Other benefits of physical activity are also described by Myers et al (2004). For example, the authors postulate that exercise leads to the realization of greater self esteem and global self concept. According to other scholars, exercise results in physiological changes that help to boost people’s perceptions about themselves. Strong et al also discuss the concept of improved physical outlook through the recognition of the benefits of exercise in terms of muscle building, fat burning and formulation of body curves. It is also reported that individuals with weight conditions such as obesity often feel depressed and susceptible to low self esteem. Exercise helps such people to reduce their weights and thus do away with image concerns that arise from excessive body weight. In addition to this, exercise also helps in the development of physical posture. This implies that the general impression created by those who exercise is that of confidence and assurance (Hillman et al., 2008). Although the good posture is often linked to increased confidence and better body structure, some other studies have shown that the postural improvement results from the buildup of muscoskeletal structure as a result of physical activity.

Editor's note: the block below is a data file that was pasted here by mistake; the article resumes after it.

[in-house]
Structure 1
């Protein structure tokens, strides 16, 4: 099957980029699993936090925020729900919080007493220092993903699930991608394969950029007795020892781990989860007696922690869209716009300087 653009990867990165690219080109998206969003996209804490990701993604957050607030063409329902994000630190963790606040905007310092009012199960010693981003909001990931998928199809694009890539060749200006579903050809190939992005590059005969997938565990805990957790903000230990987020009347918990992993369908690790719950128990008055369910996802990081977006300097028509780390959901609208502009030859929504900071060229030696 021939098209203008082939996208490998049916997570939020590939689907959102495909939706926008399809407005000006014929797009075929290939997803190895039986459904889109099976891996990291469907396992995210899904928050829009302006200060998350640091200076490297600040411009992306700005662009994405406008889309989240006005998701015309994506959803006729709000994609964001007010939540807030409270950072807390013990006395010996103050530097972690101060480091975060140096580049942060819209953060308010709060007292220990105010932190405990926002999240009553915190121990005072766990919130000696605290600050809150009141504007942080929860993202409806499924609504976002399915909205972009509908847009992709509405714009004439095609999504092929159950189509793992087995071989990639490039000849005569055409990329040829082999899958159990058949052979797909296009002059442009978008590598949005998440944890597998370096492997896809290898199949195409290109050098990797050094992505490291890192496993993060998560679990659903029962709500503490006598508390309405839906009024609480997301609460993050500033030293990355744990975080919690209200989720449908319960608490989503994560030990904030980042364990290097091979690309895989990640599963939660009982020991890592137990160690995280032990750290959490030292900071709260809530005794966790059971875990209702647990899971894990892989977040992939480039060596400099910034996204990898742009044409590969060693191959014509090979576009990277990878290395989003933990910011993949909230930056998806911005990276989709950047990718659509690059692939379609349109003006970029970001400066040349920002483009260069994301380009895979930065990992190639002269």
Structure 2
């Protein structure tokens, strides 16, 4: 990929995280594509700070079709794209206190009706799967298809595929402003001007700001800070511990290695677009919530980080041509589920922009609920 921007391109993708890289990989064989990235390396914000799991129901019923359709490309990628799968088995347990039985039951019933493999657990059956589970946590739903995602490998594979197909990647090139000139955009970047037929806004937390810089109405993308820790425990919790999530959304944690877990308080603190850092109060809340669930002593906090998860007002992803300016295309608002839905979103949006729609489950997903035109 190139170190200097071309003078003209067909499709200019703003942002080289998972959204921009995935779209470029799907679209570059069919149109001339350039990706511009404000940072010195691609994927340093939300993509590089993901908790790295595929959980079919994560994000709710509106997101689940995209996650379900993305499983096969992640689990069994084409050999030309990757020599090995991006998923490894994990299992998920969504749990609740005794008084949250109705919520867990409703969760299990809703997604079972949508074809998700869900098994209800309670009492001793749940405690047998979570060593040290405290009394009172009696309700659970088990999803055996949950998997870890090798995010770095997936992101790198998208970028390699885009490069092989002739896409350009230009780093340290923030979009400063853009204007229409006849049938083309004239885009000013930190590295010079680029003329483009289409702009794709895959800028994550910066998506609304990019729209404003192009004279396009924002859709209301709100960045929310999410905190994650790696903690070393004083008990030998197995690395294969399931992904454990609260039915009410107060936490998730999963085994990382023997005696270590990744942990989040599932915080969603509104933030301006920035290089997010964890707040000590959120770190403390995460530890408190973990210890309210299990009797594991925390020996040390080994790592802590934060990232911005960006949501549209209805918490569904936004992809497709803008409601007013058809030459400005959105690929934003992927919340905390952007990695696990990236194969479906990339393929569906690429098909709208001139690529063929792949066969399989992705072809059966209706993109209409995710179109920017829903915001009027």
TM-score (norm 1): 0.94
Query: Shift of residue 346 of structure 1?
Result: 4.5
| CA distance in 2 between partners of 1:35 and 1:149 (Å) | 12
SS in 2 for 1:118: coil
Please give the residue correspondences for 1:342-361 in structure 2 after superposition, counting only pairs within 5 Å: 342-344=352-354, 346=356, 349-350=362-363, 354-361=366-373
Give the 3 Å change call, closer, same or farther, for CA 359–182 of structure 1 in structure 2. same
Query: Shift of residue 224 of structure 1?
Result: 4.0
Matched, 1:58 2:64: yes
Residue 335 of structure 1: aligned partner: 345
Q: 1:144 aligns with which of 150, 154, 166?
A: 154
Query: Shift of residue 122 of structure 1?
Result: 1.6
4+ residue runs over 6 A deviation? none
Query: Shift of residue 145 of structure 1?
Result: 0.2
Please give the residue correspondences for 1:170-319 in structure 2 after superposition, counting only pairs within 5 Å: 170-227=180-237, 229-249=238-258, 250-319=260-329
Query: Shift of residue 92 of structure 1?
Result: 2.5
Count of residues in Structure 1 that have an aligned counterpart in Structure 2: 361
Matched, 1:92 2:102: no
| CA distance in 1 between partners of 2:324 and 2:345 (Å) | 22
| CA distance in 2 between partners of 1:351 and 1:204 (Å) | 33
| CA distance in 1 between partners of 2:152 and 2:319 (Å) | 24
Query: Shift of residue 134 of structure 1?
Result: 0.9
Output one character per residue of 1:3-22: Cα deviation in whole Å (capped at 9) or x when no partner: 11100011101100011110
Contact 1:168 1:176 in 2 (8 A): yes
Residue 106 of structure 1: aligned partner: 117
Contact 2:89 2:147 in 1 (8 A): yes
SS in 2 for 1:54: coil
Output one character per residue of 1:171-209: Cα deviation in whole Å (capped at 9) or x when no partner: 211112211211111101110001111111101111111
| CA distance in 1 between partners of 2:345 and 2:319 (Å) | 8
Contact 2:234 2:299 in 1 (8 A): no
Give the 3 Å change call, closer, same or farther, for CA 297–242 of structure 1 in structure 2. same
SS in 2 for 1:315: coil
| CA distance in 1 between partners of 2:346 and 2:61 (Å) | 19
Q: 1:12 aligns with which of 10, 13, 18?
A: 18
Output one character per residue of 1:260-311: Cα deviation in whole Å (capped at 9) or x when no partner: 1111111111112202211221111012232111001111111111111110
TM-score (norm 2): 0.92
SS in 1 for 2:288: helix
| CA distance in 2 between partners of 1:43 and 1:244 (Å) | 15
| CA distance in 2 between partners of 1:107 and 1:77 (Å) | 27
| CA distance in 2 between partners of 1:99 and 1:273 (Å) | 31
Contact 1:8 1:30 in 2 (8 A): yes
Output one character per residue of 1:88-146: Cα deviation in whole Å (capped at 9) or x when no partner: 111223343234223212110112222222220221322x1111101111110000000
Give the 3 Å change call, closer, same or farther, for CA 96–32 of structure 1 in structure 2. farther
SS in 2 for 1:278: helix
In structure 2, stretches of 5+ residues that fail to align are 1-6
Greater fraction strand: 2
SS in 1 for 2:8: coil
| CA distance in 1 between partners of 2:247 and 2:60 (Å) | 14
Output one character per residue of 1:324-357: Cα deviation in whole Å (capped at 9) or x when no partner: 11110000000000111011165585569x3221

Although muscoskeletal build up may be characterized as a health benefit, the explanation given by Strong et al regarding how this happens can be argued to be distinct from health impacts. Various forms of exercise are associated with improvements in different parts of the muscoskeletal system. In most cases, studies report that training with weights and other forms of muscle training help to build up the muscles and the skeletal system. Endurance training, as part of exercise results in enhanced muscle development. Hillman et al (2008) assert that muscoskeletal fitness is improved due to the compression and tensile forces that are prevalent on muscles during exercise. The forces are responsible for muscular contractions in different parts of the body hence aiding in the enhancement of bone strength and endurance. These findings are similar to the presentations of Strong et al who argue that muscular contractions during weight training are responsible for the development of bone density and the associated improvement of skeletal tissues. From the information provided by different authors based on experimentation, it can be said therefore, that muscoskeletal strength build- up is responsible for the improvement in posture. In particular, Strong et al (2005) argue that improved posture comes about due to exercise involving the lower back and abdominal muscles.